This talk provides an overview of ongoing ultrasonic research in my lab which includes the characterization of disparate materials (cement-based materials, metals and additively manufactured metallic alloys) as well as ultrasonic/acoustic monitoring of complex materials systems (fractured rocks) under in-situ conditions.  I will also introduce some recent machine learning-based predictive modeling work for failure prediction and materials characterization.

What:  In lieu of the standard Café there will be an interactive poster session (>25 posters) highlighting instrumentation and expertise available within the Huck, IEE, and MRI core facilities.  We will have the usual delicious coffee and pastries + - - -  donuts!

Where:  3rd Floor Café Commons of the Millennium Science Complex

When: Tuesday, November 1, 10:00 – 11:30am (stop by anytime as this is a come when you can event)

Why:  To provide an interdisciplinary opportunity for faculty, students, and staff to learn about the resources available within Huck, IEE, and MRI.

This talk will put forward a single challenge for materials scientists. How can we build a nanoscale irrigation system from biochar (pyrolyzed biomass) that can be dropped into a hole with every seed and act as a localized water storage and irrigation system. The solution must cost 1/10th the price of the seed.  Immediately after the talk there will be a brown bag lunch to start working on ideas.  Funding is possible. Scaling your results to millions absolutely guaranteed. Come join the fight against climate change.

David Hughes  |  Entomology

As the human civilization becomes increasingly urban-centric, the vision of smart cities aims to provide better services by optimally using the available resources, minimizing the operational cost, and maximizing the safety and security. In this talk, I will focus on efficient management and cybersecurity of transportation systems in such smart cities – which create unique challenges and opportunities due to the presence of humans in the loop. I will also discuss some of the recent design frameworks explored to counter these challenges and exploit these opportunities.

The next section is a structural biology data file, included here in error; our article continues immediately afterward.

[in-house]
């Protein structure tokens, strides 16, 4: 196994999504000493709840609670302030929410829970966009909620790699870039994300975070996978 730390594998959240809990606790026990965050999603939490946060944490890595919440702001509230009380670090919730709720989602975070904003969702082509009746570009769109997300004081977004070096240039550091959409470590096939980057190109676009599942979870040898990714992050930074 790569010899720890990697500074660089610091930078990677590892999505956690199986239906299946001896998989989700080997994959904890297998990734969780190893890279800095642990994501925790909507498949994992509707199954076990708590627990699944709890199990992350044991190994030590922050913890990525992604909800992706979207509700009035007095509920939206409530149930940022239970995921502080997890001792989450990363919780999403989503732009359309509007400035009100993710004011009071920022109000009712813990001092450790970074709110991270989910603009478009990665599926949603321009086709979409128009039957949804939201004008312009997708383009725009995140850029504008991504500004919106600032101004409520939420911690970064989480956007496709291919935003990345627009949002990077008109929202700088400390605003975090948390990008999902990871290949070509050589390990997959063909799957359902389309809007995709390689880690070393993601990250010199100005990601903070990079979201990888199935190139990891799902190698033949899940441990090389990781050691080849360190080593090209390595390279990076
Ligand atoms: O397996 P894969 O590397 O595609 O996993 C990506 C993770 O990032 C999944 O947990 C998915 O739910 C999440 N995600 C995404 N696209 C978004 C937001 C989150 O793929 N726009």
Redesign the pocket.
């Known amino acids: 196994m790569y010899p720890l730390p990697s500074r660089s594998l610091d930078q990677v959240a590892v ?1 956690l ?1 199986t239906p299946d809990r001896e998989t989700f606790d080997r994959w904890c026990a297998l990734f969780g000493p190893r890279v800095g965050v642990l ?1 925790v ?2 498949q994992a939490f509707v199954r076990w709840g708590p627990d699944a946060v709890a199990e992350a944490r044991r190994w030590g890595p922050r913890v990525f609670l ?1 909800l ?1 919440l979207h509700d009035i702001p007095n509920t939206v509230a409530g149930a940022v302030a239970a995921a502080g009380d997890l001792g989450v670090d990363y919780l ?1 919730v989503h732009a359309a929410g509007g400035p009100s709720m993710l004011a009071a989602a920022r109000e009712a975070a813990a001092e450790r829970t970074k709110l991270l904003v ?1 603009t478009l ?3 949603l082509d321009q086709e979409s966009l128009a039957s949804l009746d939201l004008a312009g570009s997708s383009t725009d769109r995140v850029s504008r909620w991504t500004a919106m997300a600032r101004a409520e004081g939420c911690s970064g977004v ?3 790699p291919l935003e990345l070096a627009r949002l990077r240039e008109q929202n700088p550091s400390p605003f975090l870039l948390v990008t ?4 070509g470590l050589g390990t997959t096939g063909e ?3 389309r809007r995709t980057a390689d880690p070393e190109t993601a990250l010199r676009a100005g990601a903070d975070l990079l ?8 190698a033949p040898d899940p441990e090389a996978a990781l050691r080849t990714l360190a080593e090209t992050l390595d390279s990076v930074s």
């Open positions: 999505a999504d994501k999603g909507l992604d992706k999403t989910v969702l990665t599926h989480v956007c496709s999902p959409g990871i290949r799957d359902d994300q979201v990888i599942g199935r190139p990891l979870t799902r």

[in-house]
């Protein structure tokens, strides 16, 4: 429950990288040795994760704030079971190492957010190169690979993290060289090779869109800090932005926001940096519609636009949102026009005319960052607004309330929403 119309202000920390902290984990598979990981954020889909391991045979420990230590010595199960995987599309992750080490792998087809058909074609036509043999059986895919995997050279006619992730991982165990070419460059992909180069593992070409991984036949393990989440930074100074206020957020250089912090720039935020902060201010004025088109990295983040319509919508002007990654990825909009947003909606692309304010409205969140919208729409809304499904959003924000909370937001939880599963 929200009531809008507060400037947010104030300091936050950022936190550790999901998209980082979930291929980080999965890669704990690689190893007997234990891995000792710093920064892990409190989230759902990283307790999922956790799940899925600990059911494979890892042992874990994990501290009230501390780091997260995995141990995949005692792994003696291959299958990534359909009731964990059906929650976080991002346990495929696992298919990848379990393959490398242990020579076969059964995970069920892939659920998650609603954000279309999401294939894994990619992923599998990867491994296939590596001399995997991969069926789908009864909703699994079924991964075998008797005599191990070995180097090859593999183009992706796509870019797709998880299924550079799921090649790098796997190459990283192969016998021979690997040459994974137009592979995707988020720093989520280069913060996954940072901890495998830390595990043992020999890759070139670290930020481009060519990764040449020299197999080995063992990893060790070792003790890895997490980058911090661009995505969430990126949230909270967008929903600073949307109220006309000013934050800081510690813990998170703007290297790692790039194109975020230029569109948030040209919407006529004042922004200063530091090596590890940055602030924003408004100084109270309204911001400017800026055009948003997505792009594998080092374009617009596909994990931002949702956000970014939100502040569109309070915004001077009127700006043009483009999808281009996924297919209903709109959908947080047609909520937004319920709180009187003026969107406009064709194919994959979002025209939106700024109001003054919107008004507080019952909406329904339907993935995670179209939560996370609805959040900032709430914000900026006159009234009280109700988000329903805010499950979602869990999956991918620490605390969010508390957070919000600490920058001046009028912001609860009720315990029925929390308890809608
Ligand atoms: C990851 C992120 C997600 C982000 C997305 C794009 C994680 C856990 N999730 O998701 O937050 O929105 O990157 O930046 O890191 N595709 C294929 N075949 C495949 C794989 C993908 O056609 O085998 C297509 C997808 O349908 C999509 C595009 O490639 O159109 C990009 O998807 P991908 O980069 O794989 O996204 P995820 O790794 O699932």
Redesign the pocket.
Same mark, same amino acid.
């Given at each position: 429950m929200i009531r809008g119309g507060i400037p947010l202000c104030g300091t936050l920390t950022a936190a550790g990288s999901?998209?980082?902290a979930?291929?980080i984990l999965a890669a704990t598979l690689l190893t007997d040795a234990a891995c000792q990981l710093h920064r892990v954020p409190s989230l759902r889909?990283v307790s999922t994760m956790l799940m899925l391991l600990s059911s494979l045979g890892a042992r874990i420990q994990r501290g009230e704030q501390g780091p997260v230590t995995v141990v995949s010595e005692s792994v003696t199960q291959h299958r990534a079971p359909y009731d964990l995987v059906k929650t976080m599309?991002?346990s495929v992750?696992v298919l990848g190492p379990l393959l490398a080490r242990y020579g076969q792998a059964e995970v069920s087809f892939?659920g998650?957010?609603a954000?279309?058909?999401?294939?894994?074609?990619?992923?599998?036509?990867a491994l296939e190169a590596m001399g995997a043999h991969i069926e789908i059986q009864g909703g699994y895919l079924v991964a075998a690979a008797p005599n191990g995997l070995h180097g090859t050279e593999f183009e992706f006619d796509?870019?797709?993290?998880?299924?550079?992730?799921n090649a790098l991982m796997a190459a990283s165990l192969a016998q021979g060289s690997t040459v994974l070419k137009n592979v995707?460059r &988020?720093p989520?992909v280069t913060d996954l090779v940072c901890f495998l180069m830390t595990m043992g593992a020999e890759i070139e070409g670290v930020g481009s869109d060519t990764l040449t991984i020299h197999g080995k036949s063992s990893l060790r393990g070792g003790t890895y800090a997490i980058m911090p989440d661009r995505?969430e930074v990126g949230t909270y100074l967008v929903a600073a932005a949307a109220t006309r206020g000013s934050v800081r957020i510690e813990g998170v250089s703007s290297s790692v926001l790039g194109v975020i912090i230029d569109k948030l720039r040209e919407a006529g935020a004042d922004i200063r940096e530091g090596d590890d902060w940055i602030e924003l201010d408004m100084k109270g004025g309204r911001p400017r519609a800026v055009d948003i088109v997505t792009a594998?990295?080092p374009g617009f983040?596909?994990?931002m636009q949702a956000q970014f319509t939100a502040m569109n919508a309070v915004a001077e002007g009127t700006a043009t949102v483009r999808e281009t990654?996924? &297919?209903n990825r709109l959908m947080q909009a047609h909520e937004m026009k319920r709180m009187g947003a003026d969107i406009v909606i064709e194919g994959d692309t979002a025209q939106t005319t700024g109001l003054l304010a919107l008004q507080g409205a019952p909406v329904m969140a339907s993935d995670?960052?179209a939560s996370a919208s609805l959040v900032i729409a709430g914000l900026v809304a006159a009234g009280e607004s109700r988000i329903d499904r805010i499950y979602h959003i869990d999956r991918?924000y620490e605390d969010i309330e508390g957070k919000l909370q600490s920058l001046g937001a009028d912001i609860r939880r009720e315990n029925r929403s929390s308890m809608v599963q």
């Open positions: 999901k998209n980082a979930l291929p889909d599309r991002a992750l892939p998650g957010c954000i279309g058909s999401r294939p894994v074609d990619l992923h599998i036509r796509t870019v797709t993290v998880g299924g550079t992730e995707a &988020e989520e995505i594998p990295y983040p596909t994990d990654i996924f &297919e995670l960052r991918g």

Memory defines who we are and how we interact with the world, which is why age-related impairments in memory are so devastating.  One reason for age-related memory failure is a disruption in the circadian rhythm, which synchronizes the brain to the external time of day.  Our research shows that the old brain may exist in a persistent “nighttime state” that limits memory formation based on the time of day and correcting this may improve both memory and circadian rhythms in old age.

Presenter: Janine Kwapis  |  Biology

Spicules, tiny silica strands of marine sponges, have a unique concentric cylindrical structure that shows simultaneous high strength and flexibility. They have a similar architecture to that of human bone which can offer a new generation of scaffolds for bone tissue engineering applications. The spicule-inspired structures can be utilized to simultaneously increase the strength and flexibility of materials with potential applications in various industries.